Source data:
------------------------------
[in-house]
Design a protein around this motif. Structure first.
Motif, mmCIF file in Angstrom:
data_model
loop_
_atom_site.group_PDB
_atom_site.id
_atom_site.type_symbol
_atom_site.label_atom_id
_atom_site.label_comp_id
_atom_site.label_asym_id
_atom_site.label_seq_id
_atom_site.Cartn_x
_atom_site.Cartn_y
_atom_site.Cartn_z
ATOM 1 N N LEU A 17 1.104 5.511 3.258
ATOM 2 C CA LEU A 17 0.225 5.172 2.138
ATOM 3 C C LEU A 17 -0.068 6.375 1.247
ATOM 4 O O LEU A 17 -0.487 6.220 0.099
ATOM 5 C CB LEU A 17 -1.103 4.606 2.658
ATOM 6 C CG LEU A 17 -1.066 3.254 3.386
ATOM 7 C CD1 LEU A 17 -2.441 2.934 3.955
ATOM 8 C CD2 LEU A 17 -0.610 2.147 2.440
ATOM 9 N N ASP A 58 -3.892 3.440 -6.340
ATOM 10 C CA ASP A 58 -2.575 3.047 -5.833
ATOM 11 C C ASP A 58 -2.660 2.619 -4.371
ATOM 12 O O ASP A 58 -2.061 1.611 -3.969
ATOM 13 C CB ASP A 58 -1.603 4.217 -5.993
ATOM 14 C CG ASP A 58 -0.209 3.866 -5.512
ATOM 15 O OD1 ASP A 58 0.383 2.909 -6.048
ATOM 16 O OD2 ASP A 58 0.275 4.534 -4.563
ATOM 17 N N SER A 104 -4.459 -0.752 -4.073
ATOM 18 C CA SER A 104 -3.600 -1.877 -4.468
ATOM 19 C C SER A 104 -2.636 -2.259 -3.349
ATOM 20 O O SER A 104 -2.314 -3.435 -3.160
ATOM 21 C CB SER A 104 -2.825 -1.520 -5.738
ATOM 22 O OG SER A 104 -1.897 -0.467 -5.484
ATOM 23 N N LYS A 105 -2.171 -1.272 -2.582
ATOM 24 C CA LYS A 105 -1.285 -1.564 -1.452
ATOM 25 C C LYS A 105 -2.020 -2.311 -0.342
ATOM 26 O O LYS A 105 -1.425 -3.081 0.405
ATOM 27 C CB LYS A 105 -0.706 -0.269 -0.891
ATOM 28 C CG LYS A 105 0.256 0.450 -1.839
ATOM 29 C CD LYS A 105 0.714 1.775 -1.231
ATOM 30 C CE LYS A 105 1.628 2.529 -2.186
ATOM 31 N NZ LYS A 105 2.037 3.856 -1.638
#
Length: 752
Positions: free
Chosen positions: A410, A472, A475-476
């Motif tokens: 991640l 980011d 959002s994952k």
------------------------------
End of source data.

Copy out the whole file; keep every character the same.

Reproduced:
[in-house]
Design a protein around this motif. Structure first.
Motif, mmCIF file in Angstrom:
data_model
loop_
_atom_site.group_PDB
_atom_site.id
_atom_site.type_symbol
_atom_site.label_atom_id
_atom_site.label_comp_id
_atom_site.label_asym_id
_atom_site.label_seq_id
_atom_site.Cartn_x
_atom_site.Cartn_y
_atom_site.Cartn_z
ATOM 1 N N LEU A 17 1.104 5.511 3.258
ATOM 2 C CA LEU A 17 0.225 5.172 2.138
ATOM 3 C C LEU A 17 -0.068 6.375 1.247
ATOM 4 O O LEU A 17 -0.487 6.220 0.099
ATOM 5 C CB LEU A 17 -1.103 4.606 2.658
ATOM 6 C CG LEU A 17 -1.066 3.254 3.386
ATOM 7 C CD1 LEU A 17 -2.441 2.934 3.955
ATOM 8 C CD2 LEU A 17 -0.610 2.147 2.440
ATOM 9 N N ASP A 58 -3.892 3.440 -6.340
ATOM 10 C CA ASP A 58 -2.575 3.047 -5.833
ATOM 11 C C ASP A 58 -2.660 2.619 -4.371
ATOM 12 O O ASP A 58 -2.061 1.611 -3.969
ATOM 13 C CB ASP A 58 -1.603 4.217 -5.993
ATOM 14 C CG ASP A 58 -0.209 3.866 -5.512
ATOM 15 O OD1 ASP A 58 0.383 2.909 -6.048
ATOM 16 O OD2 ASP A 58 0.275 4.534 -4.563
ATOM 17 N N SER A 104 -4.459 -0.752 -4.073
ATOM 18 C CA SER A 104 -3.600 -1.877 -4.468
ATOM 19 C C SER A 104 -2.636 -2.259 -3.349
ATOM 20 O O SER A 104 -2.314 -3.435 -3.160
ATOM 21 C CB SER A 104 -2.825 -1.520 -5.738
ATOM 22 O OG SER A 104 -1.897 -0.467 -5.484
ATOM 23 N N LYS A 105 -2.171 -1.272 -2.582
ATOM 24 C CA LYS A 105 -1.285 -1.564 -1.452
ATOM 25 C C LYS A 105 -2.020 -2.311 -0.342
ATOM 26 O O LYS A 105 -1.425 -3.081 0.405
ATOM 27 C CB LYS A 105 -0.706 -0.269 -0.891
ATOM 28 C CG LYS A 105 0.256 0.450 -1.839
ATOM 29 C CD LYS A 105 0.714 1.775 -1.231
ATOM 30 C CE LYS A 105 1.628 2.529 -2.186
ATOM 31 N NZ LYS A 105 2.037 3.856 -1.638
#
Length: 752
Positions: free
Chosen positions: A410, A472, A475-476
């Motif tokens: 991640l 980011d 959002s994952k």